London 2021: Reaching net-zero emissions in the UK’s transportation sector

February 2021

Transportation emissions account for 33 percent of the current UK baseline. In a recent report on a path to achieving net-zero emissions at net-zero cost, McKinsey looks not just at sector level sustainability initiatives, but also at the systemic impact of decarbonization on technology, the role of the power sector, land use, and socio-economic implications.
 
On February 10, 2021, GII hosted a peer-to-peer roundtable discussion with public-sector transportation operators, investors, and industry leaders from the United Kingdom to discuss the opportunities, challenges, and success factors of the sector’s transition to net-zero. The themes discussed included:
 
  1. Sustain the increased focus on net-zero. Neither Brexit nor COVID has slowed down the focus on net-zero. The relevance of sustainability, decarbonization and ESG has significantly increased during the past 12 months—and is expected to increase further—not in the public debate, policy guidelines, investor requirements, and corporate ambitions and strategies. 
  2. Strengthen system-level coordination for a successful net-zero transition. The technologies required for a transition to net-zero (e.g. electric vehicles, renewable energy, biofuels, CCS) are largely proven and governments, industry associations, and companies are aligning around emission reduction targets. Implementation of technologies in some areas, however, depends on coordination within and between sectors (e.g. road and rail, charging infrastructure, sustainable aviation fuels).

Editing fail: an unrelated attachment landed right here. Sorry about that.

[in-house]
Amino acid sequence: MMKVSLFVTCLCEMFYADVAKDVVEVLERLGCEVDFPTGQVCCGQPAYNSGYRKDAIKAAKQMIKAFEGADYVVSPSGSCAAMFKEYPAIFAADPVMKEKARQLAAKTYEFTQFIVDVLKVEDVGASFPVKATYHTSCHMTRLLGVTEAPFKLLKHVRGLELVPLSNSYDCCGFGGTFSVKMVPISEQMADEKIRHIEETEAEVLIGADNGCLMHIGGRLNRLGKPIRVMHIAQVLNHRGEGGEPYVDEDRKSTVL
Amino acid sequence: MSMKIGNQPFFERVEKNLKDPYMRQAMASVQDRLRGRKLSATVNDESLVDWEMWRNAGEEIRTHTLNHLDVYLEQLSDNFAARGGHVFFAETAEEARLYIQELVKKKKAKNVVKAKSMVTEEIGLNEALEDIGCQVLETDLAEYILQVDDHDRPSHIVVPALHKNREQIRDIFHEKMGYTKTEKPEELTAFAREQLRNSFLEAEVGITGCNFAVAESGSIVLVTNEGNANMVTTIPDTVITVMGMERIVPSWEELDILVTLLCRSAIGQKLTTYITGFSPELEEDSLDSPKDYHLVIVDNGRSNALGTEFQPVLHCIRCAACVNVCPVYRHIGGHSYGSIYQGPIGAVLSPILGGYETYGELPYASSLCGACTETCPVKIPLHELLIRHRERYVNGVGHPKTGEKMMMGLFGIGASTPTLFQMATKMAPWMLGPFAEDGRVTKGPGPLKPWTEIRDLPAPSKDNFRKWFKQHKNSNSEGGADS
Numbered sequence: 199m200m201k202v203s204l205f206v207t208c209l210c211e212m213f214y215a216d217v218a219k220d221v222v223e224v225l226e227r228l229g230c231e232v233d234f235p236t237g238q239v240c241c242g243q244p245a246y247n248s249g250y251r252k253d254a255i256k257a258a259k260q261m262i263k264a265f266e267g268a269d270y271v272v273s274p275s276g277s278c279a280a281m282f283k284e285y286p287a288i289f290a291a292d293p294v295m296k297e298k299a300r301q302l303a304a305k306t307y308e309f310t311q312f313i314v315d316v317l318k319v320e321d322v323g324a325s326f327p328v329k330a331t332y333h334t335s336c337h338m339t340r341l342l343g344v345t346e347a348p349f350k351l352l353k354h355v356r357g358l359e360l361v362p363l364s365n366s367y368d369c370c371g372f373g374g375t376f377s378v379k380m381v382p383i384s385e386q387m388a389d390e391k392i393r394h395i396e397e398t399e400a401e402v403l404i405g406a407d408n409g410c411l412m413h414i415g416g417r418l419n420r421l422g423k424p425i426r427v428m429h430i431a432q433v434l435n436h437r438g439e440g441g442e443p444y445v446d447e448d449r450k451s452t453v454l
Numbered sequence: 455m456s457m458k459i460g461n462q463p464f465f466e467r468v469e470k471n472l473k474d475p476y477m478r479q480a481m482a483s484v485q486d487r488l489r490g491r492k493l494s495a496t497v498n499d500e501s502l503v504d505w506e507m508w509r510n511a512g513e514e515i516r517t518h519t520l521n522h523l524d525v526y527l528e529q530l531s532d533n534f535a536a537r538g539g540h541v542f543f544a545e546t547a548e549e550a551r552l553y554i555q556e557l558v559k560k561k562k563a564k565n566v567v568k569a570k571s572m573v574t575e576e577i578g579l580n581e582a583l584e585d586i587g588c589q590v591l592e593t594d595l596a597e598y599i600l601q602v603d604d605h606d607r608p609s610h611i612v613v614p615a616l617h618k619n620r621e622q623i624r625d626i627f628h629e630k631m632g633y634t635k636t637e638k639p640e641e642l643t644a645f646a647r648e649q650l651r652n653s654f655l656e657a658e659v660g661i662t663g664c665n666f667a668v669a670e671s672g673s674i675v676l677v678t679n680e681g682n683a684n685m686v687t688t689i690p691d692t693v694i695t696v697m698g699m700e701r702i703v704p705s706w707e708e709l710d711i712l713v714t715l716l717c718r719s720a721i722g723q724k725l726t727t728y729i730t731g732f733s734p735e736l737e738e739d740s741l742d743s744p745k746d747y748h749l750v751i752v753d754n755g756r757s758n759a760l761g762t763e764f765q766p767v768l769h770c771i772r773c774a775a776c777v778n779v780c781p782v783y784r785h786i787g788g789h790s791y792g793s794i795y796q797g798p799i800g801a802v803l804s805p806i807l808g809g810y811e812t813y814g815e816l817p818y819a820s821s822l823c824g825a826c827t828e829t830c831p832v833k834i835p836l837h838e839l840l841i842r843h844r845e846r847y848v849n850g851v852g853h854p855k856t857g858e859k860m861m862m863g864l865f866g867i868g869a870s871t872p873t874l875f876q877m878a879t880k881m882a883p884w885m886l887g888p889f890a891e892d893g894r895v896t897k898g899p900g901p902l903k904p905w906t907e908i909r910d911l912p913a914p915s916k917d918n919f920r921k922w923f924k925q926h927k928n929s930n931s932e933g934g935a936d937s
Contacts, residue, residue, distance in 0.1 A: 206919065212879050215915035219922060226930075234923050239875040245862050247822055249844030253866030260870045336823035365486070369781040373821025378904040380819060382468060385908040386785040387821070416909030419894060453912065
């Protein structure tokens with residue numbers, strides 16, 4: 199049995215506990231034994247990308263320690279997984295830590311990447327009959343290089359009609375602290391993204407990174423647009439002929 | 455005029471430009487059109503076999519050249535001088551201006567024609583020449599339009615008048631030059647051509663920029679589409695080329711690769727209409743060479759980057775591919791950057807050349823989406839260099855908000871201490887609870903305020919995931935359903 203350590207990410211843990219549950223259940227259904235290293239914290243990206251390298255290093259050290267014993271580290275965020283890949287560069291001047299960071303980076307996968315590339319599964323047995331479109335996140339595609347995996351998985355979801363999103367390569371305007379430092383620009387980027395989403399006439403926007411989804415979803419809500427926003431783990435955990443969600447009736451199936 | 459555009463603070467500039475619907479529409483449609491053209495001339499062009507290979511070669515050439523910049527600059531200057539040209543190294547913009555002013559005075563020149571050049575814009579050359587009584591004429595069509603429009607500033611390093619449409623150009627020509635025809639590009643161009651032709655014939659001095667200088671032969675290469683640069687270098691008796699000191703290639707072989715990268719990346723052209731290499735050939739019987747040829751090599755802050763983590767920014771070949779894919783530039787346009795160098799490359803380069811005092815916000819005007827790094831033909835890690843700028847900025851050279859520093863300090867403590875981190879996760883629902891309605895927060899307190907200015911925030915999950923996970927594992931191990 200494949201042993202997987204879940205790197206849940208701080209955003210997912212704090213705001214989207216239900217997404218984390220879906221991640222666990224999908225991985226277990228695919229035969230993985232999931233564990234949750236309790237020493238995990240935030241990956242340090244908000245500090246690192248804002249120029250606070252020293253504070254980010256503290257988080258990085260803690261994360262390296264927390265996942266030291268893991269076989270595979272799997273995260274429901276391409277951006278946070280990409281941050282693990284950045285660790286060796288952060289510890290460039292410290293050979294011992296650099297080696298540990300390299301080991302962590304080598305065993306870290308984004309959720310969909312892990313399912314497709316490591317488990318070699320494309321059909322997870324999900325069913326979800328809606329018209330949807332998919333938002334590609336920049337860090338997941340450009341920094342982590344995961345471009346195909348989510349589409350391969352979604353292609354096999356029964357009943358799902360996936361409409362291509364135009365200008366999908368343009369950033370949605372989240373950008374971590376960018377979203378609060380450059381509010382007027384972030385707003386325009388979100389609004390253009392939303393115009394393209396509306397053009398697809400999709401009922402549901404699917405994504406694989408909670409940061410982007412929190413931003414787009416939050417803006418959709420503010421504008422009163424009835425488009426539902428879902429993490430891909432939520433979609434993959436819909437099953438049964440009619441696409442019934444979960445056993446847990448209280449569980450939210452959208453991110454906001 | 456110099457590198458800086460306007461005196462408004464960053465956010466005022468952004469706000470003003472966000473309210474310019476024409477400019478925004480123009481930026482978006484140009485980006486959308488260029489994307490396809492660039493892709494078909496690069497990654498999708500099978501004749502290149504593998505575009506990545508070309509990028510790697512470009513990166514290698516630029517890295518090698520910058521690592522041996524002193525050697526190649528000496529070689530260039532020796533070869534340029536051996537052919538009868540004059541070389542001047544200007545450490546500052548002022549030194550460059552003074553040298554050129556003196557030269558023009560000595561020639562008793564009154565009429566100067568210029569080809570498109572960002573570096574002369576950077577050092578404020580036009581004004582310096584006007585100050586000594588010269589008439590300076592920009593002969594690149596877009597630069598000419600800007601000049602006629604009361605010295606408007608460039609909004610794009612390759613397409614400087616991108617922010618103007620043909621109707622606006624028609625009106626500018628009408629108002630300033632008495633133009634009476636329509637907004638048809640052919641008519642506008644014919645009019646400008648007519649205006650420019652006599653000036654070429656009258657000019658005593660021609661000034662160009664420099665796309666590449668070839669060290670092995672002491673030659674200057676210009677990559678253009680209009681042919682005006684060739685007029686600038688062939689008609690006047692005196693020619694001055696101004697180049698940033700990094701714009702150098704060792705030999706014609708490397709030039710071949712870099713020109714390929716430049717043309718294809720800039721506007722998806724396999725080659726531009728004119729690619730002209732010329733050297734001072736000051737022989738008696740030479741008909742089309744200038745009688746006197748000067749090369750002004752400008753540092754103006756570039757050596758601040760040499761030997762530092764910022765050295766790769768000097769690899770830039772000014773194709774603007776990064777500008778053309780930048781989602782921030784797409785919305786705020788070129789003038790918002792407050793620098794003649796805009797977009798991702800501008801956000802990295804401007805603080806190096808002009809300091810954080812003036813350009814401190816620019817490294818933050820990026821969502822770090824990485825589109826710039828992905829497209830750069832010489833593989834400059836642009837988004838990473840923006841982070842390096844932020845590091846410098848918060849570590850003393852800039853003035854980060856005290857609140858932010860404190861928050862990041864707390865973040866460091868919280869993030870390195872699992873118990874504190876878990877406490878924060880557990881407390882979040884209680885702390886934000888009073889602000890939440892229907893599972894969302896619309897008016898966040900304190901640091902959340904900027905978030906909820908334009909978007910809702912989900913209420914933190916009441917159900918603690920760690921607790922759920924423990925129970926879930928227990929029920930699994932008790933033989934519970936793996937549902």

3. Develop investable business cases to mobilize capital and action. While the technology is mostly available, the economics for its use cases are not yet as clearly developed. Either technology costs are still too high, or demand is still too low to make a reasonable business case. Developing corporate or sector-level carbon abatement cost curves will contribute to increased transparency, as being explored by some companies. Governments can also help overcome some of these uncertainties by establishing the right incentive systems. 
  4. Set the right incentives. Governments continue to play a fundamental role in making the transition happen, not only in terms of policies and guidelines, but also by setting the right regulations and incentives for users/consumers and industry players. A comprehensive regulation and incentive framework can spur demand for new technology products and bring down the levelized costs of energy.
  5. Embed sustainability in the organization to facilitate the transition and attract the required talent. Defining the sustainability ambition, strategy, and implementation plan are relevant steps, but executing on the transition with the support of the entire organization is the only way to ensure that targets are met. Companies have a choice in how to embed sustainability in their organization—ranging from risk management to core strategy to fuel growth. Clear communication of this decision, inside and outside the organization, can help attract the required talent. 

 

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